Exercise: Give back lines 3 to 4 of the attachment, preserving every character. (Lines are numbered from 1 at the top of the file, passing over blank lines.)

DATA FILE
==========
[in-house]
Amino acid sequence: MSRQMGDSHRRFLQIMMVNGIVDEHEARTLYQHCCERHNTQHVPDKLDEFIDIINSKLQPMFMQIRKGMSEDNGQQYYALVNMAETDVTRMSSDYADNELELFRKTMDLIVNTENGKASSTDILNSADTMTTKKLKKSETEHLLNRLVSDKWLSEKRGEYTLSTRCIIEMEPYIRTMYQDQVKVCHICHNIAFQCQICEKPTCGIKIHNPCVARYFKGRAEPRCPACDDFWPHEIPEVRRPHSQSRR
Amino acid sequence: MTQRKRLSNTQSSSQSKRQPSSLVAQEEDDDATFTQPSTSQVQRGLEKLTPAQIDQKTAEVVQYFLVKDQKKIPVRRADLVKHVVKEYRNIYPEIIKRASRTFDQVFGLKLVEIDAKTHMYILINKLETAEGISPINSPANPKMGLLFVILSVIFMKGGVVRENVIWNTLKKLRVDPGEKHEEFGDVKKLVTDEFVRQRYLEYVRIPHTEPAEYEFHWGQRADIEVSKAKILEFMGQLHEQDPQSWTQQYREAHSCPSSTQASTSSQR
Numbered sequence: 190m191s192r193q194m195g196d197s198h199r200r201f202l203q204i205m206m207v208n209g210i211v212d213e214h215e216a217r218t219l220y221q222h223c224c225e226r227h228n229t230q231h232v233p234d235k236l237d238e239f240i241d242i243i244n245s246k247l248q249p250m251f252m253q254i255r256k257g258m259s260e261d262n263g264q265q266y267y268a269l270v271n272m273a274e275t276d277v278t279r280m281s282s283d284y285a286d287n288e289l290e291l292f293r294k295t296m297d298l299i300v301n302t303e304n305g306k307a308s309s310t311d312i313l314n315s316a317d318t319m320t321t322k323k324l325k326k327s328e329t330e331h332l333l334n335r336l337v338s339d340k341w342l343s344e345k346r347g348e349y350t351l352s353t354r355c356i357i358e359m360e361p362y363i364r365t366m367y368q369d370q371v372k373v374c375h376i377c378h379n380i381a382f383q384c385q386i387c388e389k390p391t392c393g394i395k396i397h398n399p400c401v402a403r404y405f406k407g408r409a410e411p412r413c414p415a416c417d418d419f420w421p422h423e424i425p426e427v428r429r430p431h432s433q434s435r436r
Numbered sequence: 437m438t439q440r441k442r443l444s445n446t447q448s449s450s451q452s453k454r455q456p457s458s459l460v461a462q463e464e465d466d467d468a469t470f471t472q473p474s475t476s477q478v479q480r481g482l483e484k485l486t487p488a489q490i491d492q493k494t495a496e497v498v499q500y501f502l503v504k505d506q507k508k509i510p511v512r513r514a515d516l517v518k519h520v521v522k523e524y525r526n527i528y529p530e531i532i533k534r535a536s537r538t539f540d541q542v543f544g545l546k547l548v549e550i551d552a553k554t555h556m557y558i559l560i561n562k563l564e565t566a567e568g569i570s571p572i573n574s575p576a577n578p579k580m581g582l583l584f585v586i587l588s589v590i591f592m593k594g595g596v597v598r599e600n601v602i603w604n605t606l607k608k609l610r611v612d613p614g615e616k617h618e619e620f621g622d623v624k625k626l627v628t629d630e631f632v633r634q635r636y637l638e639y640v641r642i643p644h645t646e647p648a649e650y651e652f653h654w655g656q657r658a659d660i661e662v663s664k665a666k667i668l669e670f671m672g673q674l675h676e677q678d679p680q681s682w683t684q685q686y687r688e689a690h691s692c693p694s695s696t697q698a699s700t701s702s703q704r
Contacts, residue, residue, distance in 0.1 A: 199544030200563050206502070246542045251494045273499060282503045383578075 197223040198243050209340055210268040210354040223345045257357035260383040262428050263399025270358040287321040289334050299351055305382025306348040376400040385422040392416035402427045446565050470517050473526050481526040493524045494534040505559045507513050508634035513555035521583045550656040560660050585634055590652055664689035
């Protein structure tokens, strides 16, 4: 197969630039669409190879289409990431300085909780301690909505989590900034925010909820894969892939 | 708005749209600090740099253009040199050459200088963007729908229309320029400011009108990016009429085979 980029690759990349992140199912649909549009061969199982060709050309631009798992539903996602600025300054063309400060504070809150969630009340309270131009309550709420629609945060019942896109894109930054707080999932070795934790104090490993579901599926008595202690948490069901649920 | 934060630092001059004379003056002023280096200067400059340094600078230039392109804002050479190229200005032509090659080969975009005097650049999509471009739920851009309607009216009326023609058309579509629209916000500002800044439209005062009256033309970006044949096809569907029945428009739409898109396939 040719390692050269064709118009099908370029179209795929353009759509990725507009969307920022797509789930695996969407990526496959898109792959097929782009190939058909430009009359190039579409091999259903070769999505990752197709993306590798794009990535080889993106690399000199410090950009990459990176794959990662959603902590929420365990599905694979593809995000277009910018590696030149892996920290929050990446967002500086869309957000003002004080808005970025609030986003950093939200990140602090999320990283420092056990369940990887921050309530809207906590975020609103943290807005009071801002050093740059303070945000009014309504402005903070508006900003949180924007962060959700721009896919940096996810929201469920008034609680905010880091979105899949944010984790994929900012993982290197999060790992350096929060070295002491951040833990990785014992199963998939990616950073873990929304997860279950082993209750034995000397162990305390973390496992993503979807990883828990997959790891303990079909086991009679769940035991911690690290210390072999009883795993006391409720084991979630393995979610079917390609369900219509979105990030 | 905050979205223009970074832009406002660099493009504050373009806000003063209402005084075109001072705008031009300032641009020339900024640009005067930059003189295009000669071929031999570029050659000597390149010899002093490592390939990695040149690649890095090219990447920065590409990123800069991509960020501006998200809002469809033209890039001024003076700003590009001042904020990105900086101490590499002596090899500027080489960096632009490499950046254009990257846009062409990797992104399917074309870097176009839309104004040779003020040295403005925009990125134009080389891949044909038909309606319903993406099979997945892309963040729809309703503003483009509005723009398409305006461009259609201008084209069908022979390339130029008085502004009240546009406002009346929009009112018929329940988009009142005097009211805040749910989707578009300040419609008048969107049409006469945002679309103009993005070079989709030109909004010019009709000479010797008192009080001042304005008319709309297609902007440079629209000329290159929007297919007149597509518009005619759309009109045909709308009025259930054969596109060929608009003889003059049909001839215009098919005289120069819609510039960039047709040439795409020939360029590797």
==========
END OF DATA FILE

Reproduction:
Amino acid sequence: MTQRKRLSNTQSSSQSKRQPSSLVAQEEDDDATFTQPSTSQVQRGLEKLTPAQIDQKTAEVVQYFLVKDQKKIPVRRADLVKHVVKEYRNIYPEIIKRASRTFDQVFGLKLVEIDAKTHMYILINKLETAEGISPINSPANPKMGLLFVILSVIFMKGGVVRENVIWNTLKKLRVDPGEKHEEFGDVKKLVTDEFVRQRYLEYVRIPHTEPAEYEFHWGQRADIEVSKAKILEFMGQLHEQDPQSWTQQYREAHSCPSSTQASTSSQR
Numbered sequence: 190m191s192r193q194m195g196d197s198h199r200r201f202l203q204i205m206m207v208n209g210i211v212d213e214h215e216a217r218t219l220y221q222h223c224c225e226r227h228n229t230q231h232v233p234d235k236l237d238e239f240i241d242i243i244n245s246k247l248q249p250m251f252m253q254i255r256k257g258m259s260e261d262n263g264q265q266y267y268a269l270v271n272m273a274e275t276d277v278t279r280m281s282s283d284y285a286d287n288e289l290e291l292f293r294k295t296m297d298l299i300v301n302t303e304n305g306k307a308s309s310t311d312i313l314n315s316a317d318t319m320t321t322k323k324l325k326k327s328e329t330e331h332l333l334n335r336l337v338s339d340k341w342l343s344e345k346r347g348e349y350t351l352s353t354r355c356i357i358e359m360e361p362y363i364r365t366m367y368q369d370q371v372k373v374c375h376i377c378h379n380i381a382f383q384c385q386i387c388e389k390p391t392c393g394i395k396i397h398n399p400c401v402a403r404y405f406k407g408r409a410e411p412r413c414p415a416c417d418d419f420w421p422h423e424i425p426e427v428r429r430p431h432s433q434s435r436r